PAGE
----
If you’re new to teaching, it’s not possible to overstate the importance of getting the opening of a lesson right. The most effective teachers in your school will almost certainly have some kind (even unconsciously) of imposed order that characterises the opening sequence of their lessons.
A wonderful former colleague of mine used to say it was all about becoming ‘unconsciously competent’. In the meantime – like with anything – it’s all about practising things deliberately in order to test what works best for you. What follows are my ‘go to’ tried-and-tested things.
Not being established in a school or being inexperienced gives you a lot less margin for error in terms of the students whose learning you are trying to manage. Children have a sixth sense when it comes to feeling a lack of structure and composure in the openings of lessons. There is absolutely no doubt in my mind that students love structure and consistency, and the opening of a lesson is your chance to assert that you will be providing just that. Openings are, by their nature, messy. To my mind, there are certain obstacles that need to be overcome:
- raucous behaviour
- shoddy uniform
- lack of equipment
- distributing books and work
That’s a lot to think about all at once. However, you can absolutely impose order and structure for those that need it, as well as giving those that want to get on something to really sink their teeth into. Structure offers a clear framework for calm and clarity.
Where possible, aim to greet students at the door, have the books ready on tables, or assign students the task of distributing them to a seating plan. Next, ensure you have a ‘do now’ task of some description for the students to be focused on. You'll find some suggestions below.
How to design the ultimate ‘do now’ task:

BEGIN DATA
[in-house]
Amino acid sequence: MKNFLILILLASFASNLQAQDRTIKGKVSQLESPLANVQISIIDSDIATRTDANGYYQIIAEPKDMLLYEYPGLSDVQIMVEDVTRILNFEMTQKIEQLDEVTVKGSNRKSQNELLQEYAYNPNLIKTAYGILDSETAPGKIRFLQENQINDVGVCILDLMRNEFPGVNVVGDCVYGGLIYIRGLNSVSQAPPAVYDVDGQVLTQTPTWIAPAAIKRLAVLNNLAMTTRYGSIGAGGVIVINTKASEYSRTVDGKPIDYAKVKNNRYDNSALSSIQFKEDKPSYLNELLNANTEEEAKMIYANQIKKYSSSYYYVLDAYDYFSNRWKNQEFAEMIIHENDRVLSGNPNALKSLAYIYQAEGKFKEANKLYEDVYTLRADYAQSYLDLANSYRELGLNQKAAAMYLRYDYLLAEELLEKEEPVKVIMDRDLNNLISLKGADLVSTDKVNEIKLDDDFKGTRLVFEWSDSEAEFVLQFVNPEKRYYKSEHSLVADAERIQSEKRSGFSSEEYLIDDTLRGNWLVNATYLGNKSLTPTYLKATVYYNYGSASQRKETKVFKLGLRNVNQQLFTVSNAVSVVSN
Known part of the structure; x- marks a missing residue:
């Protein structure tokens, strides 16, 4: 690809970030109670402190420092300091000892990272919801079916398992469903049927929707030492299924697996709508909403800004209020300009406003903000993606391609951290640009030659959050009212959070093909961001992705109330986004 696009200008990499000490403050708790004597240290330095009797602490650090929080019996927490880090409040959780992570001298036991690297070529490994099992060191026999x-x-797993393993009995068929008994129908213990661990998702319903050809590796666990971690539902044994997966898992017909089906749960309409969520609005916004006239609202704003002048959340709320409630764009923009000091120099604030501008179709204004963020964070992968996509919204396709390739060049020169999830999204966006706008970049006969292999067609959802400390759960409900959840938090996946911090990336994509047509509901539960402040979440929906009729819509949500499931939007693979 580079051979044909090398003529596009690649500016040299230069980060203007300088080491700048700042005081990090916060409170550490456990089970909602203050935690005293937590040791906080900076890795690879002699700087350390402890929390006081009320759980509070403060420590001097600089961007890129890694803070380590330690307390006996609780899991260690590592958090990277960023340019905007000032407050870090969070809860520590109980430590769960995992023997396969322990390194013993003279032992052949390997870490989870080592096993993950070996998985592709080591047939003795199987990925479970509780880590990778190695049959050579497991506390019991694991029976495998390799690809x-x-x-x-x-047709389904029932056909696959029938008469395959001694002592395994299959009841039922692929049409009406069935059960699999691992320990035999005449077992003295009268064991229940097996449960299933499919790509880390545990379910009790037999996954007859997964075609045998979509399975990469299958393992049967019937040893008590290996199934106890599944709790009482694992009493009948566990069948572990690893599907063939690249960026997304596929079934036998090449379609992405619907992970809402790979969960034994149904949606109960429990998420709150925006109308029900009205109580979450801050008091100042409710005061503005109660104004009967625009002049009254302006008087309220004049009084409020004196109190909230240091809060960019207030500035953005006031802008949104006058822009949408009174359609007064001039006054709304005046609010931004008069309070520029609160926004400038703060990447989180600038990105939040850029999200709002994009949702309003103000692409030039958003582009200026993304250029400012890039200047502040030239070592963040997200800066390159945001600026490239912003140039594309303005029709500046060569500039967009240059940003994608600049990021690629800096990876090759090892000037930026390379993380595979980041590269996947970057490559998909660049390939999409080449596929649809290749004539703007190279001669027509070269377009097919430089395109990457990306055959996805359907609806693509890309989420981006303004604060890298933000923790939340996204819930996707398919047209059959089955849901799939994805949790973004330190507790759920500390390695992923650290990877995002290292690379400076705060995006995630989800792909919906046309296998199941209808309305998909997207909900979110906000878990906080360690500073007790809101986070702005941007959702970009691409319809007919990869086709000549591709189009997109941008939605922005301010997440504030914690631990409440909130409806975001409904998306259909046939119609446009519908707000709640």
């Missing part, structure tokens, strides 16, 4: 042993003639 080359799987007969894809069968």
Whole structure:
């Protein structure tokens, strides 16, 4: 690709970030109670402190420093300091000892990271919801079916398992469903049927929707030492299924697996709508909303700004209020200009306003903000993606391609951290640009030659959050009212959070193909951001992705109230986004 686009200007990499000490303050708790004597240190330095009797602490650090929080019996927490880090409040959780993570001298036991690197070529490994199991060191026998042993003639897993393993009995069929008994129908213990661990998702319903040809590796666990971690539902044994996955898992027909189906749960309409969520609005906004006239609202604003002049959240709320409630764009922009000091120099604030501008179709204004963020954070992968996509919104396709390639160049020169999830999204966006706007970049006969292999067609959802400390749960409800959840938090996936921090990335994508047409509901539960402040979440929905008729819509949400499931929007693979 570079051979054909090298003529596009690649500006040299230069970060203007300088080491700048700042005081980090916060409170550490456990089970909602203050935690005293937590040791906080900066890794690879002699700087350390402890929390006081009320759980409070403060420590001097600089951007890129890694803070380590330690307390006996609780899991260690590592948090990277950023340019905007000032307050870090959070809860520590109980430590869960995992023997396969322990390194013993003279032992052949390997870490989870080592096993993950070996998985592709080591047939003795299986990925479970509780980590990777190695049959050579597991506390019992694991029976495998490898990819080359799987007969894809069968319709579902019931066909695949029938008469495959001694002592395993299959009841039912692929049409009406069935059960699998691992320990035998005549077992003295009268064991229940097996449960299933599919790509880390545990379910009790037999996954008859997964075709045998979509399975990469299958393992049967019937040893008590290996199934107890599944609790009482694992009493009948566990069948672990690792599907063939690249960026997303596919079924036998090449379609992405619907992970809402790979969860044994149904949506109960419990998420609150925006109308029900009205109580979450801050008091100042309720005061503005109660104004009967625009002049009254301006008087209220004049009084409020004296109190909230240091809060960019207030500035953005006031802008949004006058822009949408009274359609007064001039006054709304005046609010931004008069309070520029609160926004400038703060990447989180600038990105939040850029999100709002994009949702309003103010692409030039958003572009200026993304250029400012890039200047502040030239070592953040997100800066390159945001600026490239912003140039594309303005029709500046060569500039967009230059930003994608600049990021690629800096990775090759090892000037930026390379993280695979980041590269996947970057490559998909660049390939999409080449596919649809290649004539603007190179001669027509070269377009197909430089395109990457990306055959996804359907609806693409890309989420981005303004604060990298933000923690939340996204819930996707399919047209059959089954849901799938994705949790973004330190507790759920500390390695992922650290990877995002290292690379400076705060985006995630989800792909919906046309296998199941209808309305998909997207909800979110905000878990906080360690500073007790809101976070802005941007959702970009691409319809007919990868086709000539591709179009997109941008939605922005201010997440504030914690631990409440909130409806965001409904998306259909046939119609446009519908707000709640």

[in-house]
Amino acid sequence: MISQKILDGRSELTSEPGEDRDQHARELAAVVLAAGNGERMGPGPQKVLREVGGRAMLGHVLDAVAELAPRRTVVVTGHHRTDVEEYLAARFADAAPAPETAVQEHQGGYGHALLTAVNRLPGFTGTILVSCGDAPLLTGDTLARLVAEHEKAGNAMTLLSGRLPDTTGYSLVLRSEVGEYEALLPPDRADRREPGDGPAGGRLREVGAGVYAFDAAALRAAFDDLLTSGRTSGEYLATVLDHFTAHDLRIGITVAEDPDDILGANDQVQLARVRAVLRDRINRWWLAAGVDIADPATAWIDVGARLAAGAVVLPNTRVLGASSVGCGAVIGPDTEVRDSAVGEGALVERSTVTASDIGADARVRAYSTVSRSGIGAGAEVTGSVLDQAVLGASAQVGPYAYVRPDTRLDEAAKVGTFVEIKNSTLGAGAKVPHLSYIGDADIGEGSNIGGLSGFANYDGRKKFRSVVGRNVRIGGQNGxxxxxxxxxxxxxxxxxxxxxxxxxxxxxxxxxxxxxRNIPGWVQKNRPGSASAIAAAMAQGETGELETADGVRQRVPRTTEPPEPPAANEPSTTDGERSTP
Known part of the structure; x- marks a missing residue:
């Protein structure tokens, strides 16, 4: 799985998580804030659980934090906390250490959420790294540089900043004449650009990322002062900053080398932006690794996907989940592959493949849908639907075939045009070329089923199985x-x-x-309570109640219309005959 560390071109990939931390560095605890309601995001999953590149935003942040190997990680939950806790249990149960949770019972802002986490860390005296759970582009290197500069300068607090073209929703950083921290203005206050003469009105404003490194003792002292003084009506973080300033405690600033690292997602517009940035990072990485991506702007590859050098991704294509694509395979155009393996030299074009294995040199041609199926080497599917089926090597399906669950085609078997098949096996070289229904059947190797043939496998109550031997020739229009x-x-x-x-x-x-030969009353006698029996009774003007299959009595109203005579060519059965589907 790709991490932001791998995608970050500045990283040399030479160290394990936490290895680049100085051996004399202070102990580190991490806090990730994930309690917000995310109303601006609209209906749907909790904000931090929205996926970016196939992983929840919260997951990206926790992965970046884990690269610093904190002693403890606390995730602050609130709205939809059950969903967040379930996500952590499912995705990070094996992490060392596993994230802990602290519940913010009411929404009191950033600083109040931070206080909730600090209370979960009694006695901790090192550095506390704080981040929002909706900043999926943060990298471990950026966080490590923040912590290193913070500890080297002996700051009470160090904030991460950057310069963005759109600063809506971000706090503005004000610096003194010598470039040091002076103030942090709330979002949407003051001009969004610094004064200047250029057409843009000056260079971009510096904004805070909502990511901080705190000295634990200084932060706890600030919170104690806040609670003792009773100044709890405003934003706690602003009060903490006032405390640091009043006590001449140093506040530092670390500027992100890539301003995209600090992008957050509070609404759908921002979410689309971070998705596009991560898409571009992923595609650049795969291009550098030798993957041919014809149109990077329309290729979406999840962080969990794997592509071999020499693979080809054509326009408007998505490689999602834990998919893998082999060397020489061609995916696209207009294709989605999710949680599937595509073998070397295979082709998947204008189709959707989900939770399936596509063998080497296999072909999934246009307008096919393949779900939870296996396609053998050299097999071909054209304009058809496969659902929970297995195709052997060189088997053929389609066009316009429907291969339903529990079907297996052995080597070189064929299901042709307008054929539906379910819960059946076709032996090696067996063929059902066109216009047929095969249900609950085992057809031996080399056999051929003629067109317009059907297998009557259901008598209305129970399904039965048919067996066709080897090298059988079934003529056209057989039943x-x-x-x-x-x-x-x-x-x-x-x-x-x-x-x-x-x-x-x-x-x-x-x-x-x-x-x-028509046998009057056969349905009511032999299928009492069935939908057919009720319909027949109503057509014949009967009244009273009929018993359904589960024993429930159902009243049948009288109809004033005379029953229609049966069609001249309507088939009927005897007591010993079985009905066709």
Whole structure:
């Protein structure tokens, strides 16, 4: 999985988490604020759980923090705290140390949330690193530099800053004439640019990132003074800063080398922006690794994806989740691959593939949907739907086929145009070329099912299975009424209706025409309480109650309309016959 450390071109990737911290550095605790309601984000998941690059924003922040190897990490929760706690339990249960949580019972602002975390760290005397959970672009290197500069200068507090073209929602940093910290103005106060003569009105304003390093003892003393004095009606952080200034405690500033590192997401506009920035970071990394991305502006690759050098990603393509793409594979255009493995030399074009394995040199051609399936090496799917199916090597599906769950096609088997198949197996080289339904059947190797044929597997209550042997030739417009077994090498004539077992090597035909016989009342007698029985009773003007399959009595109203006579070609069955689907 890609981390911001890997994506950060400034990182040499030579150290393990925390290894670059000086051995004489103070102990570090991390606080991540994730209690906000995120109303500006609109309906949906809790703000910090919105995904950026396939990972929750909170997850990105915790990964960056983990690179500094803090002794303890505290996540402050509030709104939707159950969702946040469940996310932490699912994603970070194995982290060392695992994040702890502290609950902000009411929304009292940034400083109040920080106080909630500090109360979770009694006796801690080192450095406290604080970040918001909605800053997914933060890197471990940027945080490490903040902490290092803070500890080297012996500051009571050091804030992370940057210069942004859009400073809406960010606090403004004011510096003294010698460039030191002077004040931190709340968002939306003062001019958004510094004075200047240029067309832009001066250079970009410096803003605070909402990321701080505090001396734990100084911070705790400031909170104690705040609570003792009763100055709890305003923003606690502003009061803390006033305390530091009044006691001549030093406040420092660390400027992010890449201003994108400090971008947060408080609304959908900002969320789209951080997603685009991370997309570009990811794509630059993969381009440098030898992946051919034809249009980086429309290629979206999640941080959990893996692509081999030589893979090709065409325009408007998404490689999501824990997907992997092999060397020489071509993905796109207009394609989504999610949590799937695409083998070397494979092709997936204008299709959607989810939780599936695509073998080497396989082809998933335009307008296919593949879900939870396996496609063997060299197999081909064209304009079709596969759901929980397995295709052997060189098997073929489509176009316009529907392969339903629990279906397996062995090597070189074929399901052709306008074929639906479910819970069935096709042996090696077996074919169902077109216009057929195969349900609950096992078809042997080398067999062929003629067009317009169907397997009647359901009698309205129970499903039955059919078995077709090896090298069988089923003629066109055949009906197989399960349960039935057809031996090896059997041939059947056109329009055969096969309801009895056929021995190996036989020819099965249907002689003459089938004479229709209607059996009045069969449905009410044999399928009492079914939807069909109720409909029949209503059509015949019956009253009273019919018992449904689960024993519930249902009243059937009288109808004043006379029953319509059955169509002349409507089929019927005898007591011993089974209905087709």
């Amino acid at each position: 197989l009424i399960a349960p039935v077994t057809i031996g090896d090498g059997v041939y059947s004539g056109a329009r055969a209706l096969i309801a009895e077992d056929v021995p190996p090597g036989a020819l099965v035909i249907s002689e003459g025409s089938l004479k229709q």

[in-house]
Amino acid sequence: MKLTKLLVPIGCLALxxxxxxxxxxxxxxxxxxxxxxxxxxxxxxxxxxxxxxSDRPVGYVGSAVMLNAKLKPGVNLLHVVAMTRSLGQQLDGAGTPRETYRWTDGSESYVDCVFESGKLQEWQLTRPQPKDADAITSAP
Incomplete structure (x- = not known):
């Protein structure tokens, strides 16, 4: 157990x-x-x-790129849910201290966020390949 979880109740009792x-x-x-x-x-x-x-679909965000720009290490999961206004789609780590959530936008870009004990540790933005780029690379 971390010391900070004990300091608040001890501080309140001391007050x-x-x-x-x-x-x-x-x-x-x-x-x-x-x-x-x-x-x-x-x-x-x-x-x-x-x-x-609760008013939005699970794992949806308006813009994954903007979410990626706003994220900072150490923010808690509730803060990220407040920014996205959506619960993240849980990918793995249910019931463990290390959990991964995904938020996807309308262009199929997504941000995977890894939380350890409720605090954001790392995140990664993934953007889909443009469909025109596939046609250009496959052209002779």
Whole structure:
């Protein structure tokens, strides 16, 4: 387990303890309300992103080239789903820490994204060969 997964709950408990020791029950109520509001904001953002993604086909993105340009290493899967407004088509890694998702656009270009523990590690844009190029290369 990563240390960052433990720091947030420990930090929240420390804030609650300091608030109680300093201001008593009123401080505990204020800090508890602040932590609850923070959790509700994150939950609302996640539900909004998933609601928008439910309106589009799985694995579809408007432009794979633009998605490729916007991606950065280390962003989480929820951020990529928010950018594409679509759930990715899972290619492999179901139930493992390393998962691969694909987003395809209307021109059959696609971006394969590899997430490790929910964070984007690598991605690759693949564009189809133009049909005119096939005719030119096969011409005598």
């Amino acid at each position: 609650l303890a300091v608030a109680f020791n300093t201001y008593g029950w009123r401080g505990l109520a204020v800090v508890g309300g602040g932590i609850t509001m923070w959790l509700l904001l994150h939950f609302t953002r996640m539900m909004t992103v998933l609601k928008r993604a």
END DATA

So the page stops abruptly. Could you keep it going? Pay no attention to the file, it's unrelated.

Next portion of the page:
If my students are raucous and it’s impossible to get them settled ...
Use a crossword generator to recap key terms.
Put five short-answer questions on the board for the students to answer in full sentences.
If the class is too passive at the beginning of a lesson ...
Try something a little more challenging, such as ‘This is the answer. What is the question?’
Prepare a game of Blockbusters using key terms from previous learning. Try teaming up boys versus girls.
If the previous lesson’s work was shoddy ...
After the title has been written, ask the students to pick an area of the work to redraft and demonstrate their ‘true’ selves.
Ask the students to answer two questions frankly and honestly: ‘What did I learn last lesson?’ ‘How can I improve my learning this lesson?’ You might need to give them some steers so they don’t shrug their shoulders, but it can be a useful way of grounding and focusing the class.
If I want them to reflect on their previous work but I don’t have enough time to look at the books first ...
Skim-read the books, highlighting one key area that must be redrafted.
Start with an ‘Is this you?’ slide, asking students to reflect on errors that you have seen when skimming over books. Ask students to redraft specific areas for improvement.